Light through Stained Glass Windows by Susan Doubet

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Could be Minnesota

Wed, 2019-04-24 21:36
Today I talked to "Cathy" a gal in Minnesota that I talk to every year at this time. chat. In the course of the conversation I asked how they're doing, as I told her we've been watching the horrible April storms that have passed through. She said they were doing ok and that most of the snow has melted. "Most?" I thought! Holy cow! "Are your daffodils up yet?" I asked. "Almost," she replied, "they are trying." My gosh, it's April 24th and they still have snow remnants and the daffodils "are trying." WOW....

Our last snowfall was March 31 and here are three shots of our inner courtyard. Daffodils, hyacinths, tulips and a gorgeous flowering magnolia tree are truly taking our breaths away. Sure we won the golden snow globe contest a couple times (this year we were fourth, thank God) but spring does come in April here.

Cathy ended with, "But it's a beautiful sunny day today, so I think we've turned the corner for good." I should hope so for their sanity---after all--next Wednesday is May 1.

BTW, that's a feeder that's suppose to attract Baltimore Orioles, who love oranges. Hmmmmmm, we'll see.

Easter 2019

Sun, 2019-04-21 21:13

Holy Saturday Triduum Day 3

Fri, 2019-04-19 21:01

Another morning and I wake with thirst for the goodness I do not have. I walk out to the pond and all the way God has given us such beautiful lessons. Oh Lord, I was never a quick scholar but sulked and hunched over my books past the hour and the bell; grant me, in your mercy, a little more time. Love for the earth and love for you are having such a long conversation in my heart. Who knows what will finally happen or where I will be sent, yet already I have given a great many things away, expecting to be told to pack nothing, except the prayers which, with this thirst, I am slowly learning.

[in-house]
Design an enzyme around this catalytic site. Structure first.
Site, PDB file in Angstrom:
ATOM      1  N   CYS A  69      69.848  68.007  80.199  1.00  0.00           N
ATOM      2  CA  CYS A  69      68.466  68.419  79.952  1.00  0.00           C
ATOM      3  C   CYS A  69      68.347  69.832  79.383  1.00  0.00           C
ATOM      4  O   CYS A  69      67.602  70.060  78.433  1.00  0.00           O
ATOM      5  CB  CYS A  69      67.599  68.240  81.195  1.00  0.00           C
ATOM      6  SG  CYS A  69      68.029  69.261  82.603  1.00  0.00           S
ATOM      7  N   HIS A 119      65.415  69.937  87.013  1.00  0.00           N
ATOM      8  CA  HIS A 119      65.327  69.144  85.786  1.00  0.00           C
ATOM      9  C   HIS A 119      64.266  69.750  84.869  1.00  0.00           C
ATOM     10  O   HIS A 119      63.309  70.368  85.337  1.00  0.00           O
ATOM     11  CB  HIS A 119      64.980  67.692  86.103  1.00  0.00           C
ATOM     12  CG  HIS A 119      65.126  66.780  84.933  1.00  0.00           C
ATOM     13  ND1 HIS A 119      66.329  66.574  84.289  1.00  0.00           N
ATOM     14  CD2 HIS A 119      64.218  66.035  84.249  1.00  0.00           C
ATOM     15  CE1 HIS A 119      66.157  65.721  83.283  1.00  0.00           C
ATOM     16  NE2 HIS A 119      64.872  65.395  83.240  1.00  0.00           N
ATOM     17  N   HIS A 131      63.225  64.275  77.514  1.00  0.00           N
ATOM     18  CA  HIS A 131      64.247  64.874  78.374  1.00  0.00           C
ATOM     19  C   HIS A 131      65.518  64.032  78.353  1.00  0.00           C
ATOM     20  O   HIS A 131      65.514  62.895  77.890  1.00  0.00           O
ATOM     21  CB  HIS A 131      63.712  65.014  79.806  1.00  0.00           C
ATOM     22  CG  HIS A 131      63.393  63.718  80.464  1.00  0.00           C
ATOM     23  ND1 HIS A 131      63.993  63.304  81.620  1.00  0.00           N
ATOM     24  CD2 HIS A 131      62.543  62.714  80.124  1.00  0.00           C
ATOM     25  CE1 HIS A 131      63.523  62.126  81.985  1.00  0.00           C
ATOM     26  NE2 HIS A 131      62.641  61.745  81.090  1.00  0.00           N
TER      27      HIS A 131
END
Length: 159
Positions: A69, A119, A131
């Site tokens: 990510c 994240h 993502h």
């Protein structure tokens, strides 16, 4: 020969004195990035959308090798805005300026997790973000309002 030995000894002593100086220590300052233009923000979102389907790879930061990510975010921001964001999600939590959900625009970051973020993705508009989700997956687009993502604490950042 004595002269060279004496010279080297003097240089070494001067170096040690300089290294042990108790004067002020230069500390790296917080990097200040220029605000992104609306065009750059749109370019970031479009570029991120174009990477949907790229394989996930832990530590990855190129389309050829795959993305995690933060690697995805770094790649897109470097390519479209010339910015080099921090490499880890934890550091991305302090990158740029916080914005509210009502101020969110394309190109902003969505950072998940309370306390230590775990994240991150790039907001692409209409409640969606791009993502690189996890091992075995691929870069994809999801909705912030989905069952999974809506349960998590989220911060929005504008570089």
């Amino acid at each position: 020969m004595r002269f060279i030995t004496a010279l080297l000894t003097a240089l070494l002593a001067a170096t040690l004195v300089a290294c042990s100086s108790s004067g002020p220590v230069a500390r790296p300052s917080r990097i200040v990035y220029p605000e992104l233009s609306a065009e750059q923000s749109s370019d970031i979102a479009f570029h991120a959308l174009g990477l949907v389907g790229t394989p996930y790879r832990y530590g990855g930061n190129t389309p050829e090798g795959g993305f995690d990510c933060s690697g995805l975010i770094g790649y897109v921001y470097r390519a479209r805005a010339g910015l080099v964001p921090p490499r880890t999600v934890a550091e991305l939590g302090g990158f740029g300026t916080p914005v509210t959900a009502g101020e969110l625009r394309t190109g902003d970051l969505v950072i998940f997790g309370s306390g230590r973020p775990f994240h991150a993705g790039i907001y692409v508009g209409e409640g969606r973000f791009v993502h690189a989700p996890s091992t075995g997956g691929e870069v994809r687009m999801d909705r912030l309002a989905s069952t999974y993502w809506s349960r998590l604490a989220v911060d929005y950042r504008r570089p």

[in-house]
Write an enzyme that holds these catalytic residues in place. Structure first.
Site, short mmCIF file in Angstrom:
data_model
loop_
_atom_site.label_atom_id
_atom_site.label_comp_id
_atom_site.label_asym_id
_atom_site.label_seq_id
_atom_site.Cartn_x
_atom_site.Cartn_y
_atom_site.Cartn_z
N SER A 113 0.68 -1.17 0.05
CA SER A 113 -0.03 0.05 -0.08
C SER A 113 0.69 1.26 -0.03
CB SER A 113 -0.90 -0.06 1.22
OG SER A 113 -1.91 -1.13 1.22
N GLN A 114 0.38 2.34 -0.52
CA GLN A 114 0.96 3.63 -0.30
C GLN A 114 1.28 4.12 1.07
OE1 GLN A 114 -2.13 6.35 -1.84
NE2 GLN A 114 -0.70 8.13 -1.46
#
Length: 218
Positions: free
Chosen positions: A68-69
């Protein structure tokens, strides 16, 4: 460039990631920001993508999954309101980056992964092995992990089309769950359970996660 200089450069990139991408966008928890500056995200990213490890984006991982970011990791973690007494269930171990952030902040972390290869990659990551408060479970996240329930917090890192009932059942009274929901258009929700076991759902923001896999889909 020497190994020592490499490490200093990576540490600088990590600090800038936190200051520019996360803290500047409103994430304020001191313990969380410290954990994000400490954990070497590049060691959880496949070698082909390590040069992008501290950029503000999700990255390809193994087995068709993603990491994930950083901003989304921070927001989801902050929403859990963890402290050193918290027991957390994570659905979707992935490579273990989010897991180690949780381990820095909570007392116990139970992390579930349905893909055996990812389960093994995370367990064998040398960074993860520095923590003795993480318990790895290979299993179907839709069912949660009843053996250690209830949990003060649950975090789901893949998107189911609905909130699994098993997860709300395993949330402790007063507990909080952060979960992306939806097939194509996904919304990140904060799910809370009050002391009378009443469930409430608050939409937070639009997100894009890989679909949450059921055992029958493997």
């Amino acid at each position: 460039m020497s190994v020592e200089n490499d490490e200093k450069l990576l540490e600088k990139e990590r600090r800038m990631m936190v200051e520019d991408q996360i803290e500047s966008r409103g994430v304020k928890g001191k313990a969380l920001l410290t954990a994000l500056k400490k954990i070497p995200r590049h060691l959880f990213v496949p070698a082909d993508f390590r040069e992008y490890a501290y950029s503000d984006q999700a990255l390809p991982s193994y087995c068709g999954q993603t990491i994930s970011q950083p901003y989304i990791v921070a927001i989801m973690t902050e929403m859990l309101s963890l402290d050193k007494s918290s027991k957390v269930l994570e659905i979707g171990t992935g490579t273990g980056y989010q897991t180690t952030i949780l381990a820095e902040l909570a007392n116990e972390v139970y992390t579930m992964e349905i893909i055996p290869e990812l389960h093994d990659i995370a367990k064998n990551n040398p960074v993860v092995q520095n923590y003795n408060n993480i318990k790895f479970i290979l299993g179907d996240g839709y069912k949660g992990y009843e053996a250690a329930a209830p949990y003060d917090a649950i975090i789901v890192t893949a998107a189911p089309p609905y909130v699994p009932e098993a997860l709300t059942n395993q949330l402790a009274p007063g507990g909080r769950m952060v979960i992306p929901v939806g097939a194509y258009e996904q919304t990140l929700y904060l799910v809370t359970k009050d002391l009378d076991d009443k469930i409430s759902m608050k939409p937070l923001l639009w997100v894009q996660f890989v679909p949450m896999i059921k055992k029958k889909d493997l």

Mary Oliver

Good Friday-Triduum Day 2

Thu, 2019-04-18 22:42

The grass never sleeps.
Or the roses.
Nor does the lily have a secret eye
that shuts until morning.

Jesus said, wait with me. But the disciples slept.

The cricket has such splendid fringe on its feet,
and it sings, have you noticed, with its whole body,
and heaven knows if it ever sleeps.

Jesus said, wait with me. And maybe the stars did,
maybe the wind wound itself into a silver tree,
and didn't move,
maybe the lake far away, where once he walked
as on a blue pavement,
lay still and waited, wide awake.

Oh the dear bodies, slumped and eye-shut,
that could not keep that vigil,
how they must have wept,
so utterly human, knowing this too
must be a part of the story.

Mary Oliver

Our new bird bath, which the birds don't seem to have discovered yet--but they will.

Holy Thursday-Triduum Day 1

Wed, 2019-04-17 21:36

The vast ocean begins just outside our church: the Eucharist

Something has happened
to the bread
and the wine.

They have been blessed.
What now?
The body leans forward

to receive the gift
from the priest's hand,
then the chalice.

They are something else now
from what they were
before this began.

I want
to see Jesus,
maybe in the clouds

or on the shore,
just walking,
beautiful man

and clearly
someone else

On the hard days
I ask myself
if I ever will.

Also there are times
my body whispers to me
that I have.

Mary Oliver

A small but colorful beginning to our flowers!

Another Holy Week Begins...

Sun, 2019-04-14 20:37
"The Poet Thinks about the Donkey"

On the outskirts of Jerusalem
the donkey waited.
Not especially brave
or filled with understanding,
he stood and waited.

How horses, turned out into the meadow,